The 1804 dollar or Bowed Liberty Dollar was a dollar coin struck by the Mint of the United States, of which fifteen specimens are currently known to exist. Though dated 1804, none were struck in that year; all were minted in the 1830s or later. They were first created for use in special proof coin sets used as diplomatic gifts during Edmund Roberts' trips to Siam and Muscat.
|Value||1 U.S. dollar|
|Mass||Class I: 410.21 grains (26.581 g)–416.4 grains (26.98 g)|
Class II: 392.6 grains (25.45 g)
Class III: 402.8 grains (26.10 g)–416.25 grains (26.973 g)
|Diameter||37-40 mm (1.49-1.57 in)|
|Edge||Class I: HUNDRED CENTS ONE DOLLAR OR UNIT |
Class II: Plain - HUNDRED CENTS ONE DOLLAR OR UNIT
Class III: HUNDRED CENTS ONE DOLLAR OR UNIT
|The obverse of a Class I 1804 dollar|
|Design||Bust of Liberty, facing to the viewer's right, with the date and the word "LIBERTY"|
|The reverse of a Class I 1804 dollar|
|Design||Heraldic representation of an eagle holding a scroll reading "E PLURIBUS UNUM", above which are 13 stars and clouds, with "UNITED STATES OF AMERICA" along the periphery|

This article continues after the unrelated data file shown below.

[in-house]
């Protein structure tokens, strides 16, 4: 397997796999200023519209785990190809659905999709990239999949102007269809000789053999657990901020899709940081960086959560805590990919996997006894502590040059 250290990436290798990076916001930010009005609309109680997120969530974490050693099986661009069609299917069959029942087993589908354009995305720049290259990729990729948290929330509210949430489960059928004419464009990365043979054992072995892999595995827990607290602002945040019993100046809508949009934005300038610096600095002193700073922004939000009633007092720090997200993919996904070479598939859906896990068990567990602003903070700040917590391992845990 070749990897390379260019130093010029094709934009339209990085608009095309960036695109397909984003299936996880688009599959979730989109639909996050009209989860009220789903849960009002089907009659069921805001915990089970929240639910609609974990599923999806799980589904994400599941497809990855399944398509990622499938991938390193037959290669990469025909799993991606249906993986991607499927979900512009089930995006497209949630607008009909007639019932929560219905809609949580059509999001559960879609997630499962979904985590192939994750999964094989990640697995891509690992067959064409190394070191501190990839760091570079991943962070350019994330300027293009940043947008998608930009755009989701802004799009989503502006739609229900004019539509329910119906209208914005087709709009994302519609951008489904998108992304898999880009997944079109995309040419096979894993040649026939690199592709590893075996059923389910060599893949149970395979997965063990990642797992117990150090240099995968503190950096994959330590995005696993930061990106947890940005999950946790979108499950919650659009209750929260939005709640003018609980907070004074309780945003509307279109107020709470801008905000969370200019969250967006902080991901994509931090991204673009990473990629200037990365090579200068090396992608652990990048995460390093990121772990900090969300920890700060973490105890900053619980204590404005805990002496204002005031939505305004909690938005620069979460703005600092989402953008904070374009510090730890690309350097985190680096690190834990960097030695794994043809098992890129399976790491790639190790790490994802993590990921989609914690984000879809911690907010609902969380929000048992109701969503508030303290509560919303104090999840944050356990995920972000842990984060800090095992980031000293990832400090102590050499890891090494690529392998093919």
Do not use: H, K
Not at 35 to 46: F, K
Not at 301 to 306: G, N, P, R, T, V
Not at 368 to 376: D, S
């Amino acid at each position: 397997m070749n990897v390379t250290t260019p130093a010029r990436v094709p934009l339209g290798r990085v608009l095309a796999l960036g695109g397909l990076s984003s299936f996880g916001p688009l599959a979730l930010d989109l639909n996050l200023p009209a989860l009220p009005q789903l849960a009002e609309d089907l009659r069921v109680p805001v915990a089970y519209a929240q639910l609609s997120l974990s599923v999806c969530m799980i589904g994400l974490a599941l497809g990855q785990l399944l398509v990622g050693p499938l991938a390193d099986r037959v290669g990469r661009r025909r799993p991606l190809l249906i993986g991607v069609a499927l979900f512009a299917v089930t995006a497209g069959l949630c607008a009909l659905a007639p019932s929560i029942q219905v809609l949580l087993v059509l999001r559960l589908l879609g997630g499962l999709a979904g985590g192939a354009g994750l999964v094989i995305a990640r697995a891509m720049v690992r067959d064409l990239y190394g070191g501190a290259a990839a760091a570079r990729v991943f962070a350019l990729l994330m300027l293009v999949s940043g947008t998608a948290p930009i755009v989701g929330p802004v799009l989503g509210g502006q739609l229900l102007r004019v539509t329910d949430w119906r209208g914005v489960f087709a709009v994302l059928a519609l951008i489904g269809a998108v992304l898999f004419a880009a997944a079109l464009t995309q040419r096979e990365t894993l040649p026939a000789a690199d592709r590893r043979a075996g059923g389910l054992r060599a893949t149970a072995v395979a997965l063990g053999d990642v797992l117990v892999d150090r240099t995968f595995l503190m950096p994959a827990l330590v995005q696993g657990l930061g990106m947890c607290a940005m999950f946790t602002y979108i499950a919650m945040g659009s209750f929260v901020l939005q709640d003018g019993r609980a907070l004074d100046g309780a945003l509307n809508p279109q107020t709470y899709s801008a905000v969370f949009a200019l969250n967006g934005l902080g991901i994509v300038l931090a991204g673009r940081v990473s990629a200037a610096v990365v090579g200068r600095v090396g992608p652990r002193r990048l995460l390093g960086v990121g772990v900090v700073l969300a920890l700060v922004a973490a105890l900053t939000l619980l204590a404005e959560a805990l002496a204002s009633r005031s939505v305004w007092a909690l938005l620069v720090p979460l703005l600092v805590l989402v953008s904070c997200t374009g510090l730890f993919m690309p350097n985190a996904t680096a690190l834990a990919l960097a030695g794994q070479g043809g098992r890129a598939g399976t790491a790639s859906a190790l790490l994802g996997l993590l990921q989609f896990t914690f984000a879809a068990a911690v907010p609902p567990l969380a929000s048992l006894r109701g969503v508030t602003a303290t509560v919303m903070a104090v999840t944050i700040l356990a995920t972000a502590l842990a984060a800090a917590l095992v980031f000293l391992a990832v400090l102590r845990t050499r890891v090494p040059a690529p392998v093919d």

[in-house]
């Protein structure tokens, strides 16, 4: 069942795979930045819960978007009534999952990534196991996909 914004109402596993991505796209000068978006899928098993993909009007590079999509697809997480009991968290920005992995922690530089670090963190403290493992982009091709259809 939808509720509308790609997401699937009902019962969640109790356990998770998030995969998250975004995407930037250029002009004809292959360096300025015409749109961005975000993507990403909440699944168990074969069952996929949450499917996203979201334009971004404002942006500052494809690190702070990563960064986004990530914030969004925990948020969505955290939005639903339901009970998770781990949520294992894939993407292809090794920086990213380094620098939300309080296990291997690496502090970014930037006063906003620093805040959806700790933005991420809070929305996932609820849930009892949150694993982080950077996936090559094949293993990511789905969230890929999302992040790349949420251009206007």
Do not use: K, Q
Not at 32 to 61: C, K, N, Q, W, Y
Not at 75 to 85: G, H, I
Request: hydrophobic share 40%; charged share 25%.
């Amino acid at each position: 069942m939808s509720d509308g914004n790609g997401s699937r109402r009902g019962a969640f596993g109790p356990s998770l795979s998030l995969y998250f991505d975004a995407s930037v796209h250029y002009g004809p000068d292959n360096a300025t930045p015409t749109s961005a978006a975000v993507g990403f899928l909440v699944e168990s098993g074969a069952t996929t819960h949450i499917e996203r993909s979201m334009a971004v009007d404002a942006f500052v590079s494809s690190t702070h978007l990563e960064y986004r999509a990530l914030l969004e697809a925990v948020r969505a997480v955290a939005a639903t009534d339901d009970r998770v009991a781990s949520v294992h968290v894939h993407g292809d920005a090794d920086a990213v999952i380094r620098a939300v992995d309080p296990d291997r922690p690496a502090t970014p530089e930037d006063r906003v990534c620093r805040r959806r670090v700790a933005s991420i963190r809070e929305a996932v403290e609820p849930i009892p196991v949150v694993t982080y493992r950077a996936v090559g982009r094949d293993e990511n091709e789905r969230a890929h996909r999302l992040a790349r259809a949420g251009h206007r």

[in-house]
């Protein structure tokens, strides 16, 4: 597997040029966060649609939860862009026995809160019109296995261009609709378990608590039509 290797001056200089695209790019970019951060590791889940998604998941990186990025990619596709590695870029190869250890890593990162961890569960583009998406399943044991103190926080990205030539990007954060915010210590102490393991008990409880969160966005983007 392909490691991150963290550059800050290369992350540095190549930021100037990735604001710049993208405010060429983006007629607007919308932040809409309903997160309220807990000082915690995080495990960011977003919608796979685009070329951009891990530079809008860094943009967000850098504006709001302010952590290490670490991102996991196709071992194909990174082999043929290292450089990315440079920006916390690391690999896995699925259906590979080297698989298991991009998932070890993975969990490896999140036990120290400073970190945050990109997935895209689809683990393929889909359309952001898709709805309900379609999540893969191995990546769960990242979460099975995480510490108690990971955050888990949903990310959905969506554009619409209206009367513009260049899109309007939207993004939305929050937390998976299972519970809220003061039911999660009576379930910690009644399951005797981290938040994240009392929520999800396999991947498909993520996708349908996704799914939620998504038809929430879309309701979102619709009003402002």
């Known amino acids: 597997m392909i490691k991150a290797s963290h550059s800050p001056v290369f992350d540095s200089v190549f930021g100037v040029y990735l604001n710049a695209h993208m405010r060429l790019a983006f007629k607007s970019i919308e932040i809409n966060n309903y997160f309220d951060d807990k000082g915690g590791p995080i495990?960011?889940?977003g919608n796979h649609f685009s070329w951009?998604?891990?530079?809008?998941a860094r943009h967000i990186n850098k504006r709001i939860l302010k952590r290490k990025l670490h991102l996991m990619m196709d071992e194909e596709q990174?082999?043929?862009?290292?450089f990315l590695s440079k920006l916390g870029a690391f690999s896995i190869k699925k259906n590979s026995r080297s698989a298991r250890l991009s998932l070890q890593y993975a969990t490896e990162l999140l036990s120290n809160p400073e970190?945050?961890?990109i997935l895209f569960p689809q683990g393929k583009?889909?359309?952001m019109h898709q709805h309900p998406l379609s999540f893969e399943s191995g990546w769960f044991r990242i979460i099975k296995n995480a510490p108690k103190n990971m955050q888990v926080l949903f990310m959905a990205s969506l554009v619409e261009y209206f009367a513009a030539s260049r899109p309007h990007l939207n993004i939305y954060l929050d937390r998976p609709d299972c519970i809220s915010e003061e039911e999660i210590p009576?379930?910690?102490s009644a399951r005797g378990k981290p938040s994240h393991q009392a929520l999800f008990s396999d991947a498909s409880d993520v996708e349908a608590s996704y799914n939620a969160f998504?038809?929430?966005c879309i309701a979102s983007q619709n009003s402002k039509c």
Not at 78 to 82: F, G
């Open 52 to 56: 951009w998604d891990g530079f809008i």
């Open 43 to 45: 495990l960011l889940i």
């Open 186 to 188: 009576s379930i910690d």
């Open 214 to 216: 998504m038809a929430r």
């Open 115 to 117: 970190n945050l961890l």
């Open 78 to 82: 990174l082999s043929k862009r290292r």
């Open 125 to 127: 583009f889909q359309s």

Edmund Roberts distributed the coins in 1834 and 1835. Two additional sets were ordered for government officials in Japan and Cochinchina, but Roberts died in Macau before they could be delivered. Besides those 1804 dollars produced for inclusion in the diplomatic sets, the Mint struck some examples which were used to trade with collectors for pieces desired for the Mint's coin cabinet. Numismatists first became aware of the 1804 dollar in 1842, when an illustration of one example appeared in a publication authored by two Mint employees. A collector subsequently acquired one example from the Mint in 1843. In response to numismatic demand, several examples were surreptitiously produced by Mint officials. Unlike the original coins, these later restrikes lacked the correct edge lettering, although later examples released from the Mint bore the correct lettering. The coins produced for the diplomatic mission, those struck surreptitiously without edge lettering and those with lettering are known collectively as "Class I", "Class II" and "Class III" dollars, respectively.